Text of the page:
Since the pandemic, many companies have made greater efforts to improve organizational culture and make mental health a priority. Day-to-day support, such as extended breaks and improved communication among all levels of staff, along with resources such as increased paid time off and mental health training have grown within companies across the US (MSP). Significant and meaningful change in workplace mental health requires action from employers and employees alike. As organizational leaders, employers are in a unique position to provide opportunities to promote transparency about mental health strain and advocate for healthy work practices that promote a positive work environment. Employees should feel empowered to advocate for their mental health and utilize available resources that are set up to support them. 

A New Era of Brain Health and Well-Being in the Workplace

Fueled by the effects of COVID-19, GoMo Health collaborated with the Center for Brain Health to develop the Employee Brain Health Personal Concierge program applying the GoMo Health evidence-based science of engagement and the Center’s strategies and techniques for enhancing brain health and fostering resiliency. This program is designed to guide people of all ages using cognitive and behavioral approaches to improve individuals’ health journeys, addressing  mental and emotional needs with personalized guidance and support.  

Customized to fit the growing needs of the workplace environment, the Employee Brain Health program empowers employees to engage in brain fitness by practicing brain health techniques to manage stress and anxiety and enhance cognition and flexibility of thinking. The program is designed to unlock employee brain power to boost productivity, enhance social relationships, and manage stressors to foster a positive outlook. Providing these unique opportunities to empower employees to take charge of their own health, and in turn, improve their overall health, well-being and productivity is a new way to create real change in the culture of a company.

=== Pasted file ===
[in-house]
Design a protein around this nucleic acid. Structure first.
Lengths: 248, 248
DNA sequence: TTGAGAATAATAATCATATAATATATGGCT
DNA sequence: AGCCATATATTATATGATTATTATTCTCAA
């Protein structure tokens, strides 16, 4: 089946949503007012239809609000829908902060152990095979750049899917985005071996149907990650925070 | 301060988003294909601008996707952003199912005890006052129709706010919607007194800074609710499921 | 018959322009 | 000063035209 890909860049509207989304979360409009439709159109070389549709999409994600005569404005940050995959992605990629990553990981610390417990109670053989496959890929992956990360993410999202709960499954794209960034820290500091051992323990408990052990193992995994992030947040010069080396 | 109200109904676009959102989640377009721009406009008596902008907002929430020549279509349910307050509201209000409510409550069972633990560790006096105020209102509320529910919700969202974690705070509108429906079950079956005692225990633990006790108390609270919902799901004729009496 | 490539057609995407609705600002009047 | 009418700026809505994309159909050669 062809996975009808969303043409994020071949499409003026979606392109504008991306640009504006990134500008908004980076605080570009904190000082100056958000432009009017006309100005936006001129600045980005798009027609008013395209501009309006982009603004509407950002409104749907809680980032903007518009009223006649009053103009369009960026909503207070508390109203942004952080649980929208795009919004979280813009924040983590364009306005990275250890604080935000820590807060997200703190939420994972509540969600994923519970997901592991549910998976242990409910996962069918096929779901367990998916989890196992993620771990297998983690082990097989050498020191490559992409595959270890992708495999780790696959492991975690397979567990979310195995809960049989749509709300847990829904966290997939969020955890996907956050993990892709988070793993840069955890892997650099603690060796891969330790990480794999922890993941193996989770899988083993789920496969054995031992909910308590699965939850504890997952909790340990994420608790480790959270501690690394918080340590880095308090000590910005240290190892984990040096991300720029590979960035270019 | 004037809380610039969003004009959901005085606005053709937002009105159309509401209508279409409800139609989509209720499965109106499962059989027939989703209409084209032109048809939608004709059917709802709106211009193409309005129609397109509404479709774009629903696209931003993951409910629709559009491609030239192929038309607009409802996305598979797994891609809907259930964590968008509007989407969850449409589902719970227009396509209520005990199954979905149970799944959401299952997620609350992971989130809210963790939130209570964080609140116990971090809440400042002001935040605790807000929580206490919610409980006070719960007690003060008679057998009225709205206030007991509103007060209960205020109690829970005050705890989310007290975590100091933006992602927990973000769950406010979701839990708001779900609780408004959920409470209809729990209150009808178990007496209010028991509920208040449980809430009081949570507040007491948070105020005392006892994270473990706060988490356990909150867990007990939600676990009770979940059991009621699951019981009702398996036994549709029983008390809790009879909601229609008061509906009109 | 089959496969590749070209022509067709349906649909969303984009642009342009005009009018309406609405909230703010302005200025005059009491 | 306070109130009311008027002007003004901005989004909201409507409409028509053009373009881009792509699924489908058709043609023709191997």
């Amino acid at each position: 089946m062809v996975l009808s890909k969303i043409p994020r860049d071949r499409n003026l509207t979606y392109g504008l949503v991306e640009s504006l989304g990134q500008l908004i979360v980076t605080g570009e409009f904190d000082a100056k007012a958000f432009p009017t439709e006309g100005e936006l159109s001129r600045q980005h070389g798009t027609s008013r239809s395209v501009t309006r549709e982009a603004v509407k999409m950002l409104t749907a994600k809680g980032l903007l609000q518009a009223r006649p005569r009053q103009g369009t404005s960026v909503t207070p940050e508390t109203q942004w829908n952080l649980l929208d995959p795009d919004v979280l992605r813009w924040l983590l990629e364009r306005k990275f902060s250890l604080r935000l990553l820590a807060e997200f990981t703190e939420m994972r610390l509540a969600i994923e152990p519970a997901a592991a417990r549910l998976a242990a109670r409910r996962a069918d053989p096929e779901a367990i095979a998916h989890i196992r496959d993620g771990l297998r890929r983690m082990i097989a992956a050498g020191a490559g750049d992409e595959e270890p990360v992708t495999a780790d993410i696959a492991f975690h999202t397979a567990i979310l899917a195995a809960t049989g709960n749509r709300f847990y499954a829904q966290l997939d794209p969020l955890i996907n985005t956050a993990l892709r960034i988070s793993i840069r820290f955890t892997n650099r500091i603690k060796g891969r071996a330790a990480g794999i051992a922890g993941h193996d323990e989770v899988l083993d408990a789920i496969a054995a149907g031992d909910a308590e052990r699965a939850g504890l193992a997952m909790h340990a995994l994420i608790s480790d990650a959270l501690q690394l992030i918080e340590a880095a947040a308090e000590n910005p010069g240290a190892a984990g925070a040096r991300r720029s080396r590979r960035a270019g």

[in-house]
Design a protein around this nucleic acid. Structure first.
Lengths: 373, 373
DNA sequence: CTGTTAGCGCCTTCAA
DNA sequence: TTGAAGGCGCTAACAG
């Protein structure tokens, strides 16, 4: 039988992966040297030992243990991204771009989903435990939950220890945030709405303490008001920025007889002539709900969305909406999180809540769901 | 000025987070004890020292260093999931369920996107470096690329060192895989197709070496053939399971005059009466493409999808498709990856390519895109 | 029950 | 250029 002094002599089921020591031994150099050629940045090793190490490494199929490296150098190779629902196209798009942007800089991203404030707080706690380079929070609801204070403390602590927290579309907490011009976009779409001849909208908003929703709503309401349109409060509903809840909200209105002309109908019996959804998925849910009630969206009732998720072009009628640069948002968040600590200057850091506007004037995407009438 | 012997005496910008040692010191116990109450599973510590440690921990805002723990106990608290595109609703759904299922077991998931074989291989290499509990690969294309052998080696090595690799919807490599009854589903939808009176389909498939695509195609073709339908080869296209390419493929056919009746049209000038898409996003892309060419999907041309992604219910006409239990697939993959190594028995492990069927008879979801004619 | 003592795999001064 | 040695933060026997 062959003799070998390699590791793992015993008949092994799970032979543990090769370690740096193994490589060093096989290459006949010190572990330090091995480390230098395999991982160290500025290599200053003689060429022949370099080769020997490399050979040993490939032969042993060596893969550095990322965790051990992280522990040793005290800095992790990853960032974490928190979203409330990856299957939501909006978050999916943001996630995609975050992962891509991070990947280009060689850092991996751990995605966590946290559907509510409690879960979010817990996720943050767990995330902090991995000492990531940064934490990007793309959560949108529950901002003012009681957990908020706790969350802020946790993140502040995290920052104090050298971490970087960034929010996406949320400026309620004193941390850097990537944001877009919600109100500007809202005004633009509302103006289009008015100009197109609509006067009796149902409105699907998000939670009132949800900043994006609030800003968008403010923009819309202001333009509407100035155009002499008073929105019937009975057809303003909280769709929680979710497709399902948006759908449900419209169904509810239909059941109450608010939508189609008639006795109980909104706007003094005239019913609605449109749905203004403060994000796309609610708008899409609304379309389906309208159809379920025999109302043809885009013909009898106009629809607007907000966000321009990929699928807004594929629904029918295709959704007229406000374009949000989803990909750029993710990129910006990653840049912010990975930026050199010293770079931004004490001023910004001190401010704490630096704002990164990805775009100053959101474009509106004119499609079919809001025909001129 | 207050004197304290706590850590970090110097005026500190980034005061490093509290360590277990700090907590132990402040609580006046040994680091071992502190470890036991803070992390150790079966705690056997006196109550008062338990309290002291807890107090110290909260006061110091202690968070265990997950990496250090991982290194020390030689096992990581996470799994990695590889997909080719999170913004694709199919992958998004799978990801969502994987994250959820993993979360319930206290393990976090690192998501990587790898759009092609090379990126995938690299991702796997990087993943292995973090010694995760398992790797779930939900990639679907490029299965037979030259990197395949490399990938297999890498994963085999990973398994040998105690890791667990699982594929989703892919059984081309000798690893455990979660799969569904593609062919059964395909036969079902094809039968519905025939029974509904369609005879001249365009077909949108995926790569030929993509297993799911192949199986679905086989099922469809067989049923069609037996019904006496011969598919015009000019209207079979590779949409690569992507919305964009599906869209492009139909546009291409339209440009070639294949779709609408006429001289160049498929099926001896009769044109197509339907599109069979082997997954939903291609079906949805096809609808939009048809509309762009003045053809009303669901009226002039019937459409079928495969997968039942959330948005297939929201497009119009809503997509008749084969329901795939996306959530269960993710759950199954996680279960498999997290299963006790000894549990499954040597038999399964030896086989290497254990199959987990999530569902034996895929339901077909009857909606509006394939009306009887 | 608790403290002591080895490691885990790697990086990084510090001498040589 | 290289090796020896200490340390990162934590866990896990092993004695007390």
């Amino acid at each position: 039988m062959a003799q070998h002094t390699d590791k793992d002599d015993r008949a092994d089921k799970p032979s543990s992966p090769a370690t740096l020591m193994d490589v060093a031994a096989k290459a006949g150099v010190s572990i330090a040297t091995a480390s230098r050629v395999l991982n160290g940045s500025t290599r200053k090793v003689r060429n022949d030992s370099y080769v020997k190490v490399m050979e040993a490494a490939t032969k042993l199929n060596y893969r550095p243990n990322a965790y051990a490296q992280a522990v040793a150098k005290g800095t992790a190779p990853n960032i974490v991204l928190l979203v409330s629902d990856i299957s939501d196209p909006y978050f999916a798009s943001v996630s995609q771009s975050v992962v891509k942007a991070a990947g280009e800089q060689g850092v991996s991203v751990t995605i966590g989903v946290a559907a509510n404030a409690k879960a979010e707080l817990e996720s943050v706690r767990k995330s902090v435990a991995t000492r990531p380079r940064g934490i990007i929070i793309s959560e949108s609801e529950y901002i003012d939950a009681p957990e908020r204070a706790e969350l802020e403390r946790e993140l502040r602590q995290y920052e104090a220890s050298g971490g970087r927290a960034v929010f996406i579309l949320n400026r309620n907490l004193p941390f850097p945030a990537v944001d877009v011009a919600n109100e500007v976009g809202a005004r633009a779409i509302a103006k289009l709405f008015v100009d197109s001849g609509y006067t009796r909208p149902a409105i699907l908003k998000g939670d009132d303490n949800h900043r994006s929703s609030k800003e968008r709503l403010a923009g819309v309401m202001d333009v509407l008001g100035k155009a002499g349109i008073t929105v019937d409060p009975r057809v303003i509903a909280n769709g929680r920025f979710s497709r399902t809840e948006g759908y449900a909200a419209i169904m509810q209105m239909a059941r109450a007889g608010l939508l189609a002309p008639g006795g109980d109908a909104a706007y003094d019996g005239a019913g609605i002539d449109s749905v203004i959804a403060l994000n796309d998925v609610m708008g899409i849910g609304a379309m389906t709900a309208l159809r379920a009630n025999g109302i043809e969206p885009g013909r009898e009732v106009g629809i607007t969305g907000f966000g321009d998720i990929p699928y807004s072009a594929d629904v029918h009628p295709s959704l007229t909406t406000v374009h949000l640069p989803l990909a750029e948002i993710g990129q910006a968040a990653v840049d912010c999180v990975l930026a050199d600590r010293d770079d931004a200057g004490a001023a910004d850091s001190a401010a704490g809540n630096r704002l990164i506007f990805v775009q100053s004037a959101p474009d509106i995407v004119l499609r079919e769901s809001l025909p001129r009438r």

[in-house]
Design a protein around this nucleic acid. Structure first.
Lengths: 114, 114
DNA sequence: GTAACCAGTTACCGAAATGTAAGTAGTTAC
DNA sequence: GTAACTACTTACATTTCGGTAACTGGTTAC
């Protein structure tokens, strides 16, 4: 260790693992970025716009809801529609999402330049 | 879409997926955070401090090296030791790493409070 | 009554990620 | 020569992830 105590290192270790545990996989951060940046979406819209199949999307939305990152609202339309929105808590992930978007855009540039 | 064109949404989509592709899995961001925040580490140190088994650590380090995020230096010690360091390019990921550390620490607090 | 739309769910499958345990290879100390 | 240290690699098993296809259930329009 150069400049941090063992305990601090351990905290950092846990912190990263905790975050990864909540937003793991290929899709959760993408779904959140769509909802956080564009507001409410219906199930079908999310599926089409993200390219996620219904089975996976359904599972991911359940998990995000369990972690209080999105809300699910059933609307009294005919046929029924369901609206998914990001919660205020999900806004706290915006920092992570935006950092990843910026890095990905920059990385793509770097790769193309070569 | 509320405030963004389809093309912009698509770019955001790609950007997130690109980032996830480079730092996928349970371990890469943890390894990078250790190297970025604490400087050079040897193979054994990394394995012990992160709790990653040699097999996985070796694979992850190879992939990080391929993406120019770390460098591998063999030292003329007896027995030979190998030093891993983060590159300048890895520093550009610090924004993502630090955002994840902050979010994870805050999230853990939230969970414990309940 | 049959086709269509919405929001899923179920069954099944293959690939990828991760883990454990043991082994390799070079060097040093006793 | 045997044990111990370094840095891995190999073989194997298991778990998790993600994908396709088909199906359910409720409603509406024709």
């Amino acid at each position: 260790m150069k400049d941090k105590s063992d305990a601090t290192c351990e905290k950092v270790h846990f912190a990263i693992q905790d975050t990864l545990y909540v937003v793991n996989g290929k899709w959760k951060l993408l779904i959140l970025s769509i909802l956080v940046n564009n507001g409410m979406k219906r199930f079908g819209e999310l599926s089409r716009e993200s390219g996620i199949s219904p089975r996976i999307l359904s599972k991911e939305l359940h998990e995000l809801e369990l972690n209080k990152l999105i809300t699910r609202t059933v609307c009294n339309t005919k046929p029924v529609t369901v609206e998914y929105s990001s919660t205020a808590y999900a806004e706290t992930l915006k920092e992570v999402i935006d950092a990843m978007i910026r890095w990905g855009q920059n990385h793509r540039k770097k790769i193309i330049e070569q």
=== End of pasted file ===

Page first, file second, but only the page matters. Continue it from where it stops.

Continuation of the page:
To learn more about workplace brain health and how you or your employer can benefit from implementing a customized employee focused program, watch our latest webinar where GoMo Health CEO, Bob Gold, presents in collaboration with the Health Care Administrators Association (HCAA) on the power of brain fitness. 

Watch our latest webinar here!


  1. National Alliance on Mental Illness (NAMI). [Internet] Mental Health By the Numbers. Accessed on 7/19/2023. 
  2. The White House. [Internet] Reducing the Economic Burden of Unmet Mental Health Needs. Accessed on 7/19/2023. 
  3. Mind Share Partners. [Internet] Mind Share Partners’ 2021 Mental Health at Work Report. Accessed on 7/19/2023. 
  4. Gallup. [Internet] The Economic Cost of Employee Mental Health. Accessed on 7/19/2023.  
  5. National Safety Council (NSC). New Mental Health Cost Calculator Shows Why Investing in Mental Health is Good for Business. Accessed on 7/19/2023.